Spud Spikes for baking, grilling, and barbequing.

Placement of bottom door hinge

QuestionI have noticed on interior doors that the placement of the bottom hinge is farther from the bottom of the door than the top hinge is from the top of the door. I have asked many trim carpenters what rules apply to this, but they all say it is a standard procedure and they do not know how this was arrived at. Thanks for your time.

AnswerYou pose an interesting question and one might believe that the hinge is placed higher to allow for extra trimming of the bottom of the door, but the truth is somewhat hard to believe. When we look at a bottom hinge, we look at it standing back and in a downward angle and not straight on. This downward viewing angle gives the effect that the hinge is closer to the floor than it really is. This optical illusion appears to balance the bottom hinge with the top hinge. If the hinge were located closer to the floor, it would look out of balance and would stick out like a sore thumb.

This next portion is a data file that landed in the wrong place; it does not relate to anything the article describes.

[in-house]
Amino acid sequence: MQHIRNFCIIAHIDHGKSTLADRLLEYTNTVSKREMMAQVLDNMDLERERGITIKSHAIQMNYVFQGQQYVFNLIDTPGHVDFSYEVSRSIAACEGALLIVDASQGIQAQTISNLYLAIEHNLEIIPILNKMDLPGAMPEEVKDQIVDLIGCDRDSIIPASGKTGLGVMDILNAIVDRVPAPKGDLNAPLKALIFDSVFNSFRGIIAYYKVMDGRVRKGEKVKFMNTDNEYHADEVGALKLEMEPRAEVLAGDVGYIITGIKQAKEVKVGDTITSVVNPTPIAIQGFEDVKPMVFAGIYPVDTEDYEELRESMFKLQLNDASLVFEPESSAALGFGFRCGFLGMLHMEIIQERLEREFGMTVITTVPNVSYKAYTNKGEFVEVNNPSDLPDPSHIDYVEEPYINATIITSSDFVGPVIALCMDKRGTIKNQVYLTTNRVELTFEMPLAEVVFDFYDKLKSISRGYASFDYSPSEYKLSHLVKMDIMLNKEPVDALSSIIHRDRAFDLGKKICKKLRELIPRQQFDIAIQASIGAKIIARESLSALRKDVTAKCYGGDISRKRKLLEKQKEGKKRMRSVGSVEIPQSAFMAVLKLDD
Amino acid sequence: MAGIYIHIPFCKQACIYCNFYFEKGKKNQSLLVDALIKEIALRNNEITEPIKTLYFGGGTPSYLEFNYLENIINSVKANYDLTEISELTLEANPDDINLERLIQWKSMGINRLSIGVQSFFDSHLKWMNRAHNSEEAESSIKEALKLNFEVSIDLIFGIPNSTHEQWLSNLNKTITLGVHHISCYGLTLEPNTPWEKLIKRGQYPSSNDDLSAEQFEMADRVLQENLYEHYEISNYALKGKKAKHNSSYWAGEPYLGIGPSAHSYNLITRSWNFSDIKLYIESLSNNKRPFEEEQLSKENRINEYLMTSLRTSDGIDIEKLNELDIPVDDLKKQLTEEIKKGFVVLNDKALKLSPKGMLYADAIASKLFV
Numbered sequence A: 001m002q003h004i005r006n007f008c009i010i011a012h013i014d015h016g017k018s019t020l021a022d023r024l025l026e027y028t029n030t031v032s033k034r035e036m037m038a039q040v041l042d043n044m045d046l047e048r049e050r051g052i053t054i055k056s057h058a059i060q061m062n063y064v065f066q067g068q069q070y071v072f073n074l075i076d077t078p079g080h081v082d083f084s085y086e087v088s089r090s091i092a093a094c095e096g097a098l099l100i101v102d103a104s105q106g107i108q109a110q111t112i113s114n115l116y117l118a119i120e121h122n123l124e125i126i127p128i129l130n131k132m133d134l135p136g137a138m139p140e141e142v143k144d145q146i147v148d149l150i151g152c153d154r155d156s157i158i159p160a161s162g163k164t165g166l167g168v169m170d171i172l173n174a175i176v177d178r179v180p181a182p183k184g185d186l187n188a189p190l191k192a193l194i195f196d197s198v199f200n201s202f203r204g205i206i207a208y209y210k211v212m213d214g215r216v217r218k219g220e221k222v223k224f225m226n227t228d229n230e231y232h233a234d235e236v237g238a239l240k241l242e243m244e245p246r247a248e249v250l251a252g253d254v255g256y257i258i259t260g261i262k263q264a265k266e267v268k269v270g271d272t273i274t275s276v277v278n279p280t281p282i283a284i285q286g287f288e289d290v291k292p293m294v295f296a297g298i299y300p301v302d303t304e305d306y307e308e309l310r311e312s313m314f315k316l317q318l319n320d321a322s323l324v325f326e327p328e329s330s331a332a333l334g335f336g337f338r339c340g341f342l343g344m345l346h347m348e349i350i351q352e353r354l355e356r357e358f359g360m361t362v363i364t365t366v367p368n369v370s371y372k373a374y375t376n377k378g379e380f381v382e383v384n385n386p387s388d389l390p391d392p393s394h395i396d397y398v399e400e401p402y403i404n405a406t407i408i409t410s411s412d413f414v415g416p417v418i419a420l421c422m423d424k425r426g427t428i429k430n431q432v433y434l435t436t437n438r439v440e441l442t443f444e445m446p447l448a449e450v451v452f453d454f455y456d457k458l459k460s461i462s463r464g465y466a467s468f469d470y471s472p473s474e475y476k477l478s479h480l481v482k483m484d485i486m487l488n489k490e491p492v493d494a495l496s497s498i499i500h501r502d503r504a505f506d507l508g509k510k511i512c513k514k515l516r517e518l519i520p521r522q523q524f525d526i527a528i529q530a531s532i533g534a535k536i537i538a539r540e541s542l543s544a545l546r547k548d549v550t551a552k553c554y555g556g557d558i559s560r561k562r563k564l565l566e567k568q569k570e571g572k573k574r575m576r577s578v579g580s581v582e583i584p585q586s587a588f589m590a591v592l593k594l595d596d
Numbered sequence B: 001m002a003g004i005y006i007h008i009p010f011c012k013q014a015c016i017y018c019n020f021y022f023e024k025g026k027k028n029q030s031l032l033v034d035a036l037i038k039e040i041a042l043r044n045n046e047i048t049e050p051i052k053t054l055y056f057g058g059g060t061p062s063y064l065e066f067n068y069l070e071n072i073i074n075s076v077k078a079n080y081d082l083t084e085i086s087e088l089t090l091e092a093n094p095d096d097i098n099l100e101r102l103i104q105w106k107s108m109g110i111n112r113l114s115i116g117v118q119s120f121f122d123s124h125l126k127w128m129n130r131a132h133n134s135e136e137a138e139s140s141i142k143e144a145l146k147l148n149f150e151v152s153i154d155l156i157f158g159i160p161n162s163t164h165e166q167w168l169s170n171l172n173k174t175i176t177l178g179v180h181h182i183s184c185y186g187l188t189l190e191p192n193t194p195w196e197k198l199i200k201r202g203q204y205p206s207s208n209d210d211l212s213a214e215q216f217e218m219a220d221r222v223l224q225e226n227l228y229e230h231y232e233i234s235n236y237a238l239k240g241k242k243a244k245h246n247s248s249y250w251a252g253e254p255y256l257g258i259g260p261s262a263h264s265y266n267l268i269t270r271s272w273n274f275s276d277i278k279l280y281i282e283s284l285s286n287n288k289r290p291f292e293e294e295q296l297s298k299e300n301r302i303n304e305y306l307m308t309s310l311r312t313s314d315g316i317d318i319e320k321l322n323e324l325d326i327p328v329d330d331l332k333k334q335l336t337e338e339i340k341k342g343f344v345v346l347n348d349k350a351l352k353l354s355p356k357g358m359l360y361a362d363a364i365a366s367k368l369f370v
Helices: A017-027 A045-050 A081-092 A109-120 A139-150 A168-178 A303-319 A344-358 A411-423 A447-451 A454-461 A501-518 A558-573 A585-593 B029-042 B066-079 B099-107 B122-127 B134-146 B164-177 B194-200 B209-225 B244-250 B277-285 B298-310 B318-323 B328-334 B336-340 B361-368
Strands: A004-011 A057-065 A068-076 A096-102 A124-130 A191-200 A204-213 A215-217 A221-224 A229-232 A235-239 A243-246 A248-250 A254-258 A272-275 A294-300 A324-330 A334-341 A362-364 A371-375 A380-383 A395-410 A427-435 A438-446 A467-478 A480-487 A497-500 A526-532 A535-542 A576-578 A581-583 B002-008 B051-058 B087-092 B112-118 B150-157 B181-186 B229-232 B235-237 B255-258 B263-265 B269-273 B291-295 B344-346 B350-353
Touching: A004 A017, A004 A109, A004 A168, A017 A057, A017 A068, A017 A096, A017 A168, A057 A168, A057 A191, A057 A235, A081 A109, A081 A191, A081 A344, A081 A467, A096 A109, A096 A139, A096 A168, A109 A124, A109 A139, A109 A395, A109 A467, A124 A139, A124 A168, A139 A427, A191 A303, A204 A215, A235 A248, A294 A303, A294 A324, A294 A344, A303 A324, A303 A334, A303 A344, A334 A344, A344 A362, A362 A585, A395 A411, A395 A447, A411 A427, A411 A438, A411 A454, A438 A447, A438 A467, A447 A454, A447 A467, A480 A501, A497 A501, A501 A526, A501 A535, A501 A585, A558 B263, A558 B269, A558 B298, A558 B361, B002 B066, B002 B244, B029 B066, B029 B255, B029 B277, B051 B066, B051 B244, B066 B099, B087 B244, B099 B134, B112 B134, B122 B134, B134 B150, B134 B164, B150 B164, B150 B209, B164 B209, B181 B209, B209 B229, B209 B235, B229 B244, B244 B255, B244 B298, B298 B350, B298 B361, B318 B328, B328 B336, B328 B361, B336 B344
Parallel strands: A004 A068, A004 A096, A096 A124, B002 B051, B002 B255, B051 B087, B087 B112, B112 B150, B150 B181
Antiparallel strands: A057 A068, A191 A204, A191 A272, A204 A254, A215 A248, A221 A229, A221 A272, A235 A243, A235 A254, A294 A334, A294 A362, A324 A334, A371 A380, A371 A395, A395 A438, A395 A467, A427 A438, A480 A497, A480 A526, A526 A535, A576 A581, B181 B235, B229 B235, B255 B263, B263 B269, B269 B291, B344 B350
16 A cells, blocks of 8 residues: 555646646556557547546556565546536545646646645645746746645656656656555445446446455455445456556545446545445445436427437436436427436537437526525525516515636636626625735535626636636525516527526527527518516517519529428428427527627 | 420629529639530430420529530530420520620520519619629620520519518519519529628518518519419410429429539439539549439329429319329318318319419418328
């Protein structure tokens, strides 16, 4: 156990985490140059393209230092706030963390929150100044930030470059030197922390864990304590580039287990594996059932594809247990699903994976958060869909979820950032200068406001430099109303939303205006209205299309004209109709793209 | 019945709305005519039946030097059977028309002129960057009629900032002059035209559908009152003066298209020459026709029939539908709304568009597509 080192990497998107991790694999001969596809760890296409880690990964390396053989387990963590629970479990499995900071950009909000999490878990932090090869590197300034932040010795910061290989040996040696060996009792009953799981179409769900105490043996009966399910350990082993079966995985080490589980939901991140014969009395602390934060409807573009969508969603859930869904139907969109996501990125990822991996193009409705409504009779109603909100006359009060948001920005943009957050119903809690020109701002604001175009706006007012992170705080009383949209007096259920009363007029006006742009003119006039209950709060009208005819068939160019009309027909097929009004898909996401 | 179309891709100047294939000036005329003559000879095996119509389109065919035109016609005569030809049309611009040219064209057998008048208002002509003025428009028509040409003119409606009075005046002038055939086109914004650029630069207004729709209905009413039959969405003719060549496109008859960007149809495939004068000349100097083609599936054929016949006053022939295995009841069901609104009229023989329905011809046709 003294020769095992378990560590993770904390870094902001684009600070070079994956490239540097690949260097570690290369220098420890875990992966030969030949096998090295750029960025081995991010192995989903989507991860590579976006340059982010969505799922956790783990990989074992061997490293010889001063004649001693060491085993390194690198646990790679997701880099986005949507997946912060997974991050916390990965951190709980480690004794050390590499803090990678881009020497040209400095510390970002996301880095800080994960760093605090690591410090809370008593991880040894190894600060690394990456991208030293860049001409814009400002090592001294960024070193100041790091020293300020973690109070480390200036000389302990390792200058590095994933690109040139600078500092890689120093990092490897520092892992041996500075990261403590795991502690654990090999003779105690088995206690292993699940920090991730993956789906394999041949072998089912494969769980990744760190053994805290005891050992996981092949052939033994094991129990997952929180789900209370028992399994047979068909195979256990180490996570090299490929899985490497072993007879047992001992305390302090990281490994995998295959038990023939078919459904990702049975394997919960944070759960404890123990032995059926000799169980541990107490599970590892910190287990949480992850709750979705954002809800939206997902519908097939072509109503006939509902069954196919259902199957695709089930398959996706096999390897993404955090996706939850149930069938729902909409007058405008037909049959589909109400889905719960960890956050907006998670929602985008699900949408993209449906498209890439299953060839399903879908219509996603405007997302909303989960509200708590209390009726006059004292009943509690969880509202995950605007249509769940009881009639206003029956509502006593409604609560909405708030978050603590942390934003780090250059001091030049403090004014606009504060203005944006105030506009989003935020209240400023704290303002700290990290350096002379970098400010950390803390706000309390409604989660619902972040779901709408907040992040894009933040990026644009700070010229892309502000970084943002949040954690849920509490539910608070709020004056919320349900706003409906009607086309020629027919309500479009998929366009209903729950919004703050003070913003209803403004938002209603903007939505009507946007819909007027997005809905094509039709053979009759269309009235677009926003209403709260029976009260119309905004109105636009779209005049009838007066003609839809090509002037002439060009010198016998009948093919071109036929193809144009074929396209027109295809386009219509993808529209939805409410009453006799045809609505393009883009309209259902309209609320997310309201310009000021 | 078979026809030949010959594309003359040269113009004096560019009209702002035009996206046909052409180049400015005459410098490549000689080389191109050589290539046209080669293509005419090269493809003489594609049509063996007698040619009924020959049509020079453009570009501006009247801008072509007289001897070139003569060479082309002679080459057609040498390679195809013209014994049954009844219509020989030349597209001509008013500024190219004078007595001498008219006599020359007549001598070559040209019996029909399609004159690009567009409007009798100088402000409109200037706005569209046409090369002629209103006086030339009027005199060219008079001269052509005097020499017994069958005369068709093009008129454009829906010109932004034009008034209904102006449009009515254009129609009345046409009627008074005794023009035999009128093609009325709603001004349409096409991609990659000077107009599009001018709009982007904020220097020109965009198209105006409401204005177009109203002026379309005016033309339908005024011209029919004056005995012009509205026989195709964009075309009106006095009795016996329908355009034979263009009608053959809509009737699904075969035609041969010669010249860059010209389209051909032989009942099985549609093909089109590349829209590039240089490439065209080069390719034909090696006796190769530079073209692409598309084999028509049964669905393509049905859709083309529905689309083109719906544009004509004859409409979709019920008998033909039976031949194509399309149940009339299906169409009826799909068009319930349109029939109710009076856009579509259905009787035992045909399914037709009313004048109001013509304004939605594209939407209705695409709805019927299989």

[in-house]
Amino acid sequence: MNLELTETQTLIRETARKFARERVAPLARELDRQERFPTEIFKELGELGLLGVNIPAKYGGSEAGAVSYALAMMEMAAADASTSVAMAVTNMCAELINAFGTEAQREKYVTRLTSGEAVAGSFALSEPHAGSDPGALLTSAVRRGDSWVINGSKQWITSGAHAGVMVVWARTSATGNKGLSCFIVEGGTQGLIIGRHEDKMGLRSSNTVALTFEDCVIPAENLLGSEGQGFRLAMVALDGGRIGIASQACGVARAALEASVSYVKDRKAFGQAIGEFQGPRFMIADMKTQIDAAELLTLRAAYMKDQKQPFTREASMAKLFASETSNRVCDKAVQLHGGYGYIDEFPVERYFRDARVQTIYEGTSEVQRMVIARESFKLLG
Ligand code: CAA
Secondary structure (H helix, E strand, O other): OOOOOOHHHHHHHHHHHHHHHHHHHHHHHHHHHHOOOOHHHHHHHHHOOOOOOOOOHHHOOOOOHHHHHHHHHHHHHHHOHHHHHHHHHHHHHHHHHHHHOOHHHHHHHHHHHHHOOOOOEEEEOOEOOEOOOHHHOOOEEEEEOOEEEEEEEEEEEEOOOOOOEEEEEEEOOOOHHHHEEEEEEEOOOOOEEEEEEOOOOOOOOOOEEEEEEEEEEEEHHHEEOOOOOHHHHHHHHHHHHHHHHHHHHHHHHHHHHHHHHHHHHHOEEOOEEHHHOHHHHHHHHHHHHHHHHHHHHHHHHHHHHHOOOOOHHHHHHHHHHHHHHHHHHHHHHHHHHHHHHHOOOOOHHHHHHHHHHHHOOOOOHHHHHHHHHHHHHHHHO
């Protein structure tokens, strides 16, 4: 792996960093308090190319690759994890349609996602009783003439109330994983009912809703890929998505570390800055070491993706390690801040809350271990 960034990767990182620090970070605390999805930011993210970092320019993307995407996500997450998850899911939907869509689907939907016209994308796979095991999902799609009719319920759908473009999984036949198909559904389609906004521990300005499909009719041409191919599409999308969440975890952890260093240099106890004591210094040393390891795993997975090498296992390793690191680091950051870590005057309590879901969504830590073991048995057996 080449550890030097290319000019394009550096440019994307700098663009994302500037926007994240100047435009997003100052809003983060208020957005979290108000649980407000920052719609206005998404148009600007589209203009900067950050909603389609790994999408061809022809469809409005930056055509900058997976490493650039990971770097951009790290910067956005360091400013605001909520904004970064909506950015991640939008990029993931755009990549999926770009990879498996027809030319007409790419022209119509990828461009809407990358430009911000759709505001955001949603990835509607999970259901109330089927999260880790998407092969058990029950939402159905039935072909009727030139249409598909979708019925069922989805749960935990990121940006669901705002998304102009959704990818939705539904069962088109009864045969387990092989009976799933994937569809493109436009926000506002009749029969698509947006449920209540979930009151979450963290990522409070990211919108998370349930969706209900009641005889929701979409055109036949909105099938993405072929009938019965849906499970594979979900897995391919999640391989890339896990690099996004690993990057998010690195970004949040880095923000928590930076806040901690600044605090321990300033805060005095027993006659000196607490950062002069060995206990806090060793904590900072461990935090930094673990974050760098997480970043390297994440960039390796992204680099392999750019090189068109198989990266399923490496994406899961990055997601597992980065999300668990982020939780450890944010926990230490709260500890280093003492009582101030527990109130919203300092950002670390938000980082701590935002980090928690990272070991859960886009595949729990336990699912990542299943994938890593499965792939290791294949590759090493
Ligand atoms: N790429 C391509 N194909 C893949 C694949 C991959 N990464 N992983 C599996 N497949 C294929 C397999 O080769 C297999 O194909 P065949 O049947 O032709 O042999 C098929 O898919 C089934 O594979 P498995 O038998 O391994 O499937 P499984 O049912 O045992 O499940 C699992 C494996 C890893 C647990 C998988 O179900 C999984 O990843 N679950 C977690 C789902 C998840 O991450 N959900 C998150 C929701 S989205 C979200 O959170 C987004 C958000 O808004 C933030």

Beyond the issue of appearance, however, there are some practical reasons behind this hinge placement. A higher hinge strengthens the door and helps it to work more smoothly because it takes some stress off the top hinge. It helps to eliminate any potential bowing on a 2-hinge door. Finally, the hinge balances itself with both a kickplate (if you should use one) and the door handle.

However, according to U.S. standard procedures regarding the true placement of hinges, the top hinge is placed 5" from face of frame to top of hinge barrel (hinge pin) and 10" from bottom of barrel to finish floor. This applies normally to hollow-core doors. When a solid door is installed, a third hinge is added between the top and bottom hinges. Certain western states use 7" from the top and 11" from the bottom. Another rule of thumb calls for doors up to 5' to have only two hinges and a third hinge is added for each additional 2.5' door height.

Copyright © 2002 LAF/C.R.S., Inc. All rights reserved.
Question answered by Leon A. Frechette.

[ Back to Top ]


To search asktooltalk.com—type your keywords below:

(examples: tools, popcorn ceilings, asbestos, bathrooms, kitchen, etc.)

C.R.S., Inc. · Spokane, Washington · USA

Copyright © 1998-2017 by C.R.S., Inc. and asktooltalk.com

buycorrosionx.com spudspikes.com
AskToolTalk.com Tools and Articles